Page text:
LOS ANGELES – Sales of U.S. homes facing foreclosure are on the rise and are outpacing sales of bank-owned homes, a reflection of stepped- up efforts this year by lenders to avoid foreclosing on homes with mortgages gone unpaid.
In the third quarter, sales of homes already in the foreclosure process jumped 22 percent compared with the previous quarter and a year earlier, foreclosure tracker RealtyTrac Inc. said Thursday.
Short sales, when a lender agrees to accept less than what the homeowner owes on their mortgage, accounted for 65 percent of those so-called preforeclosure sales in the quarter, the firm said.
Banks have become more amenable to short sales as an alternative to foreclosure, which can often end up leading to bigger losses and mire lenders and borrowers in a time-consuming and expensive process. “More and more, they’re seeing that they’re going to lose less by approving a short sale than by dealing with the foreclosure process,” said Daren Blomquist, a vice president at RealtyTrac.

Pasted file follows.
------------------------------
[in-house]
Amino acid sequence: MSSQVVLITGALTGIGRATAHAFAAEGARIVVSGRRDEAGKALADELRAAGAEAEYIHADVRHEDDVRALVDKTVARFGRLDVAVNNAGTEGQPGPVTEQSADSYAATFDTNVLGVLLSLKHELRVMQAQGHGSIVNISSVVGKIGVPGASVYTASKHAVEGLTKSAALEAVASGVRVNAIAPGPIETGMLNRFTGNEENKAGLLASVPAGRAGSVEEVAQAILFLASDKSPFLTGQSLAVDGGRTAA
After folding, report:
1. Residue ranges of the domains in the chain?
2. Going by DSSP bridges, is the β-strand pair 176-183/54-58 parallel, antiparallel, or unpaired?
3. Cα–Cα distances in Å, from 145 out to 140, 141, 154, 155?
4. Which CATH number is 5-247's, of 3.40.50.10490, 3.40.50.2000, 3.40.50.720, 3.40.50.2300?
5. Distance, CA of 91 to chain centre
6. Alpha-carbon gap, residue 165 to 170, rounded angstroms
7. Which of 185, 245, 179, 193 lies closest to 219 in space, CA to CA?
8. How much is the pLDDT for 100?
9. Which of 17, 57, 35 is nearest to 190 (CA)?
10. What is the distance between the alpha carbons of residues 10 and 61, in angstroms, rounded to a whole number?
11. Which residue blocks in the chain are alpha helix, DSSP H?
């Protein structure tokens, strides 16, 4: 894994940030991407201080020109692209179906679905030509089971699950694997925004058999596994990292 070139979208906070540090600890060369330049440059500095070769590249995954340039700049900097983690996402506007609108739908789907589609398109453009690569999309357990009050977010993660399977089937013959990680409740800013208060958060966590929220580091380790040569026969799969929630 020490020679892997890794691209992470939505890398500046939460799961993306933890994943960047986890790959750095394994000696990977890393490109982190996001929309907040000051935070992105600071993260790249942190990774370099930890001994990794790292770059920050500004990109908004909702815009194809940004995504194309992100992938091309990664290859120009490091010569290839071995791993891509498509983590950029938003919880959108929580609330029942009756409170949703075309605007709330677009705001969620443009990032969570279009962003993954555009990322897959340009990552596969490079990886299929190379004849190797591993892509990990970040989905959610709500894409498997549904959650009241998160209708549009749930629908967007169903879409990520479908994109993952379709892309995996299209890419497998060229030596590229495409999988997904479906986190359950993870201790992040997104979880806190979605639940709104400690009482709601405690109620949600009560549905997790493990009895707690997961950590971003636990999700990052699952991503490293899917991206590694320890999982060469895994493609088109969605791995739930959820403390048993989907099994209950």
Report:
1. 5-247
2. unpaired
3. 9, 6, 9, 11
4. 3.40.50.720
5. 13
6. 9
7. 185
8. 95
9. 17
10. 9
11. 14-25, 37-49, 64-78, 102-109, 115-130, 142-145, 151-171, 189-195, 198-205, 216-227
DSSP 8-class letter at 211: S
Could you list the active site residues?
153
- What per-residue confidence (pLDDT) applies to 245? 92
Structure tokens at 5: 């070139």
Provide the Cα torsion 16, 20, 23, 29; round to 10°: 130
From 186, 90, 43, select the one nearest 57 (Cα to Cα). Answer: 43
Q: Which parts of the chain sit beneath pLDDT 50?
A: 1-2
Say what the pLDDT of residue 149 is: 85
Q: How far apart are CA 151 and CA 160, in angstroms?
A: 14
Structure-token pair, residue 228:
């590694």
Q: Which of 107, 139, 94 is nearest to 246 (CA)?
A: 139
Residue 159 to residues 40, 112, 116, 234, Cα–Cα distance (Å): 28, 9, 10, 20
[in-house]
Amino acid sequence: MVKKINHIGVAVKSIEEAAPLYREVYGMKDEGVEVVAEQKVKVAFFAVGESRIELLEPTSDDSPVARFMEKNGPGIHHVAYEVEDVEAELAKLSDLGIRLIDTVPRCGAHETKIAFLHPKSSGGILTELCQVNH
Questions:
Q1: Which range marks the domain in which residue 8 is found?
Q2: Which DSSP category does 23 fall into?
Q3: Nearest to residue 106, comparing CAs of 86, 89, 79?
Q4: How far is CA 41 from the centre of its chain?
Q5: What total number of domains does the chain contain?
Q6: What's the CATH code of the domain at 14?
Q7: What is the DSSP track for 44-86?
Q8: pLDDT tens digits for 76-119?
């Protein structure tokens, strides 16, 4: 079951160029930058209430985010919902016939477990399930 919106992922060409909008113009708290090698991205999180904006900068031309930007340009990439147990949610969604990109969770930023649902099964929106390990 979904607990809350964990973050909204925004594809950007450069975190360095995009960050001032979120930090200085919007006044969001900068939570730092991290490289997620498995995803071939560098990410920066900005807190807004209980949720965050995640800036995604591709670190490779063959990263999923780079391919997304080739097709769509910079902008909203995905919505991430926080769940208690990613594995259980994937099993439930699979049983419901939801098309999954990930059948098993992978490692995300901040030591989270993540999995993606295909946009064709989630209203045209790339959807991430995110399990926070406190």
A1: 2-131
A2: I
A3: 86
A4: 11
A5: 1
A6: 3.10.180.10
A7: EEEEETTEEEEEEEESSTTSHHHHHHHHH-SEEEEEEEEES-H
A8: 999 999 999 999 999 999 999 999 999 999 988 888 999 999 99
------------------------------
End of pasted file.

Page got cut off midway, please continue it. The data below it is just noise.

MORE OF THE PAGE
Attempts to fast-track the foreclosure process, particularly in states where courts must sign off on foreclosures, led to allegations last year that many banks and mortgage servicers processed foreclosures without verifying documents. Five of the biggest U.S. banks agreed in February to pay $25 billion to settle the claims as part of a deal with federal and state officials.
In the months since, the banks have increasingly used short sales as a way to provide mortgage relief to borrowers.
The lenders have reported that they provided $26 billion in home-loan relief between March 1 and Sept. 30, with about half of that stemming from short sales.